Advertising Brief

A statement on the objectives of an ADVERTISING CAMPAIGN that is agreed between an ADVERTISING AGENCY and its client (sometimes known as an “agency brief”) a brief. It contains a brief history of the PRODUCT to be advertised and is the starting point for any agency′s work.

A good brief helps to minimise misunderstanding in the delicate relationship between an agency and its client. In theory, the client determines the advertising objectives. plans the overall advertising strategy and sets the advertising budget. The agency then prepares and evaluates the advertisements and develops a MEDIA PLAN. In practice. however, the division of labor is determined agency and client.

 

Advertising Campaign

 

A coordinated series of advertisements appearing over a defined period of time and in different MEDIA. An advertising campaign aims to obtain the maximum influence on a TARGET MARKET for a given amount of money. It is used most effectively for launching a new PRODUCT  or relaunching an old one.

 

Advertising Standards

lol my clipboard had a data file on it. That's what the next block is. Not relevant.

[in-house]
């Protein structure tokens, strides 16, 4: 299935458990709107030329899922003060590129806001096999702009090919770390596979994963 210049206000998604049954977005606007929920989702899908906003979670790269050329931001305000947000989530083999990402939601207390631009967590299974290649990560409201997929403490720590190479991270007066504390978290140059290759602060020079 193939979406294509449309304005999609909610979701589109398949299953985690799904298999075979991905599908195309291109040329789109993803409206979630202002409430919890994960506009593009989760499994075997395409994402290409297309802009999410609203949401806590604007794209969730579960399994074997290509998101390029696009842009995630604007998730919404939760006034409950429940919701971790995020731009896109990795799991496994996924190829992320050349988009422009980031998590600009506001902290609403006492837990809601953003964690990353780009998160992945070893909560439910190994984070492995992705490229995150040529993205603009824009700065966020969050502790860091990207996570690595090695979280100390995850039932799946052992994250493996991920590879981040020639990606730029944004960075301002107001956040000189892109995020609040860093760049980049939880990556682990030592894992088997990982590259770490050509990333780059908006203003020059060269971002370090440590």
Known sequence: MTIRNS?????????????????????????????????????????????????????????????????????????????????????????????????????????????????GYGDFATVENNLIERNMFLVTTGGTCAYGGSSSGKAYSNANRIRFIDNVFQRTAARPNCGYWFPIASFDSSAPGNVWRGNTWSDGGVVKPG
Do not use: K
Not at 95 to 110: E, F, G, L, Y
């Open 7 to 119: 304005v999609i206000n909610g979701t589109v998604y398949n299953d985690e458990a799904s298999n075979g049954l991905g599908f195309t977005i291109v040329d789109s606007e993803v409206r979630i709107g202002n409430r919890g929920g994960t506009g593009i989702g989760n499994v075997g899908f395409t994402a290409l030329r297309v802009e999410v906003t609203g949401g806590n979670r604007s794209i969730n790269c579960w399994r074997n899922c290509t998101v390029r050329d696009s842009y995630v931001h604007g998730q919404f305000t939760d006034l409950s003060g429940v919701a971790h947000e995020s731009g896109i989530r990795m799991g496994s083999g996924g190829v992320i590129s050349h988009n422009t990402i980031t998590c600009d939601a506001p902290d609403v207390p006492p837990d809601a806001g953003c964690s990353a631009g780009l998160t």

The potential for advertisers to put out material that is misleading, or even downright dishonest. is a continual problem for governments and regulatory authorities. The maintenance of high standards in ADVERTISING is usually left, first, to the advertising industry itself.

In most developed countries the industry sets out a code of behavior which is rich in words like “legal”. “decent”. “honest” and “truthful'”. Behind them is a general principle that advertisements should not mislead, misrepresent or offend.

In many countries, film and television COMMERCIALS are vetted by a regulatory authority before they are shown. Press advertising it, however, ultimately controlled by the ability of the public to complain about it. By definition, that almost always occurs after the event, in other words when the damage has been done.

Blatant cases of misleading advertising are rare nowadays. However, occasional examples still creep through. In the United States, the Federal Trade Commission judges whether advertising is unfair or deceptive. If it deems that it is, then the advertiser has to publish or broadcast “corrective advertising”, and pay for it itself. In the UK, this is the job of the ASA and the ITC.

Complaints most often focus on the decency aspect of advertisements. Benetton has been a notorious offender, actively courting controversy. Advertisements promoting its range of women and children′s wear have used a photograph of a man dying of AIDS, and of a nun affectionately kissing a monk.

 

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